23/10/2011

Ceredigion health projects put on hold

The Welsh Government’s Health Minister, Lesley Griffiths, has put all unstarted health service building projects on hold until at least the new year because she is new to the health portfolio. That was the surprising announcement made in an Assembly debate last week. The stoppage may affect plans for Aberaeron, Tregaron and Cardigan hospitals in Ceredigion, but not Bronglais Hospital in Aberystwyth which already has a major A&E extension scheme well underway.

Elin Jones, Ceredigion's Assembly Member and Plaid Cymru's Shadow Health Spokesperson, said in a statement,
“This amazing admission by the Health Minister suggests mind-boggling ignorance of the economic crisis that we’re in. Here in Ceredigion, everybody knows that there is a real need for new healthcare facilities to replace the ageing buildings which we currently have in Cardigan, Tregaron and Aberaeron. This revelation means that local people will have to wait even longer for these proposed new buildings to materialise, and I fear that the longer they’re put off, the less likely they are to see the light of day.

“The previous One Wales government outlined priority projects for the NHS in 2011-12. Although there’s a £17m reduction in next year’s capital budget, this in no way merits putting all projects on hold in this way”.

As everyone knows, the change that’s taken place in the Welsh Government since the election in May has been from a Labour/Plaid coalition with a Labour Health Minister (Edwina Hart) to a soley Labour government with another Labour Health Minister (Lesley Griffiths). With that degree of continuity you might think that the process of government would be able to continue, and that the new Labour Health Minister might stick to the decisions made by her predecessor. However the more significant change might be the absence of Plaid Cymru in government to stand up for Ceredigion.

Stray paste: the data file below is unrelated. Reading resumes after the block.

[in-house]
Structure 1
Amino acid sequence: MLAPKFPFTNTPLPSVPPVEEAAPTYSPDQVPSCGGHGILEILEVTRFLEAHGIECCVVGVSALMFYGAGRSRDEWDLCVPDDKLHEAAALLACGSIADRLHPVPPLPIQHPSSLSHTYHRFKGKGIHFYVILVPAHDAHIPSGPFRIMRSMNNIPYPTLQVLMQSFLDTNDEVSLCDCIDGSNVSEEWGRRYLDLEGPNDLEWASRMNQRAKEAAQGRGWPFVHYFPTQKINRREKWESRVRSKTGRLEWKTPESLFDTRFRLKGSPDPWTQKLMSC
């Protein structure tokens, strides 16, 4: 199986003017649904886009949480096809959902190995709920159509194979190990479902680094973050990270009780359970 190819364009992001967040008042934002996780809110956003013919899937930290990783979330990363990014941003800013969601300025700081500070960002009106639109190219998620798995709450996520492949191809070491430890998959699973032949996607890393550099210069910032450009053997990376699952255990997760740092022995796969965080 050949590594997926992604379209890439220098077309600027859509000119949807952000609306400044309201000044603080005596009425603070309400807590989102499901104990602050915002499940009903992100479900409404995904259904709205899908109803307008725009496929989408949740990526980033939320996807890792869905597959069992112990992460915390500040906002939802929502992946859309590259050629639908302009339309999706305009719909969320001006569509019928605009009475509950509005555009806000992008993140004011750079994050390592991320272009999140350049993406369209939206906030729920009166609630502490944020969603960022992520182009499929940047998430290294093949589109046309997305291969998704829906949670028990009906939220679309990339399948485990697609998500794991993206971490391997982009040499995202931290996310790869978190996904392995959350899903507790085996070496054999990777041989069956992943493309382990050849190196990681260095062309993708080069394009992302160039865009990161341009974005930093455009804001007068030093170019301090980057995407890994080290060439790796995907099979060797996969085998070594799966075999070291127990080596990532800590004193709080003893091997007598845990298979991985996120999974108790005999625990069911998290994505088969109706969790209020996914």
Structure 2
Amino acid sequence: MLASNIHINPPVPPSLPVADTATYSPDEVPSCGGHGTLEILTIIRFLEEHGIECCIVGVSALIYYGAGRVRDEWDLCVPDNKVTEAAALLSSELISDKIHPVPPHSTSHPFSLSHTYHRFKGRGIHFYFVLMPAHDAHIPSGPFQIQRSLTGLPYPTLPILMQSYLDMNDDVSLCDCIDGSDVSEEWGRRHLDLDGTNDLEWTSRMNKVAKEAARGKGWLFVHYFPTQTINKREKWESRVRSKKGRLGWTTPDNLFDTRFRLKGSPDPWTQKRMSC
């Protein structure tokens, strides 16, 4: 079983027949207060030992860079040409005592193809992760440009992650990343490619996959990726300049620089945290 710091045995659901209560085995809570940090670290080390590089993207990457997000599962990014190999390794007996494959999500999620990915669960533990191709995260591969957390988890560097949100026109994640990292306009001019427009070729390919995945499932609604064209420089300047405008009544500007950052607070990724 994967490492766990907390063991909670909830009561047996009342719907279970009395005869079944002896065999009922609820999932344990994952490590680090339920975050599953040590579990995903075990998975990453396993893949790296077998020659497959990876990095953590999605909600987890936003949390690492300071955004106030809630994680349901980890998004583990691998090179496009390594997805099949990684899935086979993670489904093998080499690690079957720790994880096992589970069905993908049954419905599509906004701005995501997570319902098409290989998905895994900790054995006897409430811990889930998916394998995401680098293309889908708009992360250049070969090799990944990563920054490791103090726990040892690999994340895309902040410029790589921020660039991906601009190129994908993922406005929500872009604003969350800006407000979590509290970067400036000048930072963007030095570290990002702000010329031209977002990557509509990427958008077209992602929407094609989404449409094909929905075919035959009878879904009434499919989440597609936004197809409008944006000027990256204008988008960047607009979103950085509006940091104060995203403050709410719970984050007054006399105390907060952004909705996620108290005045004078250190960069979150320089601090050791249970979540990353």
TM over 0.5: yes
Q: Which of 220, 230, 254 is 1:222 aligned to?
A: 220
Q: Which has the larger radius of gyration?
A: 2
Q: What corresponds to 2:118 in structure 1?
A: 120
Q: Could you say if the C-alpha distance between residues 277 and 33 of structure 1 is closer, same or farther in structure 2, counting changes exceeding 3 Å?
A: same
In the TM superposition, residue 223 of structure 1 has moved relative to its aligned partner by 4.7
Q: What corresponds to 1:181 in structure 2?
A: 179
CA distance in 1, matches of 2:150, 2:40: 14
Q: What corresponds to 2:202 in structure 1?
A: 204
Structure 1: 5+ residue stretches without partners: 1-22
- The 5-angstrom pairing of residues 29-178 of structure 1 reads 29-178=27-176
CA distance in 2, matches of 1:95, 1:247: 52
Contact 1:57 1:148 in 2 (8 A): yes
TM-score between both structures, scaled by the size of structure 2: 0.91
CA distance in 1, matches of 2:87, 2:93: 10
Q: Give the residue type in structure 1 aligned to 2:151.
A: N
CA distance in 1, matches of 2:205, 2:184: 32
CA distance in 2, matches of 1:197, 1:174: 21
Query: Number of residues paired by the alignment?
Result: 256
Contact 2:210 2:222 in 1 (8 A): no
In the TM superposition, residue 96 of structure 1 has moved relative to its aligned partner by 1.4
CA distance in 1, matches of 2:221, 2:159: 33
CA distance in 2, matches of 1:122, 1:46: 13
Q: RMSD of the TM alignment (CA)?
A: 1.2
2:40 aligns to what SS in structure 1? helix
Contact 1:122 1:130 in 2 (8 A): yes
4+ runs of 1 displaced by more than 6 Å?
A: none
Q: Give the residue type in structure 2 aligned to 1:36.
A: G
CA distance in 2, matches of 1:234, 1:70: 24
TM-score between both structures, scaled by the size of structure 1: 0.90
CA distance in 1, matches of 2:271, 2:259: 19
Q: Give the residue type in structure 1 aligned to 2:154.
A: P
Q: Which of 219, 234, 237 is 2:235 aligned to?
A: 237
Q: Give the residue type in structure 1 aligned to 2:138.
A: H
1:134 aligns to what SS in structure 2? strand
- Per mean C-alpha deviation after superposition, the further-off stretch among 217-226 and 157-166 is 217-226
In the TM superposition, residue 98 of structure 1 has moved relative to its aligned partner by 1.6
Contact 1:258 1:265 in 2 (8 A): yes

The Bronglais Hospital development managed to secure full funding just before the election and can now be seen heading skywards from my bathroom window (see photo, although it is, of course, possible to view the development from places other than my bathroom).

The general funding disarray around election times leads professionals working in a range of fields dependent on public funding to despair. With everything having to stop before an election and, it seems, for some time afterwards, and with an Assembly election normally taking place every four years with other elections in between, it means that no-one can plan anything more than three years ahead at most. One might expect a slightly smoother transition with the same party holding the health portfolio but apparently not. There has to be a better way of doing government.

The County Council elections next May could be the next funding complication with ministers unwilling to make any announcements that could hit their party in the polls.

Meanwhile the £38 million Bronglais scheme continues on schedule. The new building will reach its full height in November and work will then commence to the external walls and interior. The new building should be completed by February 2013. The remaining work will then be internal, with the whole scheme scheduled for full completion and ready to open by November 2015.

The new Health Minister's announcement underlines how important it was that Bronglais funding was agreed before the election and what might have happened if it hadn't been...

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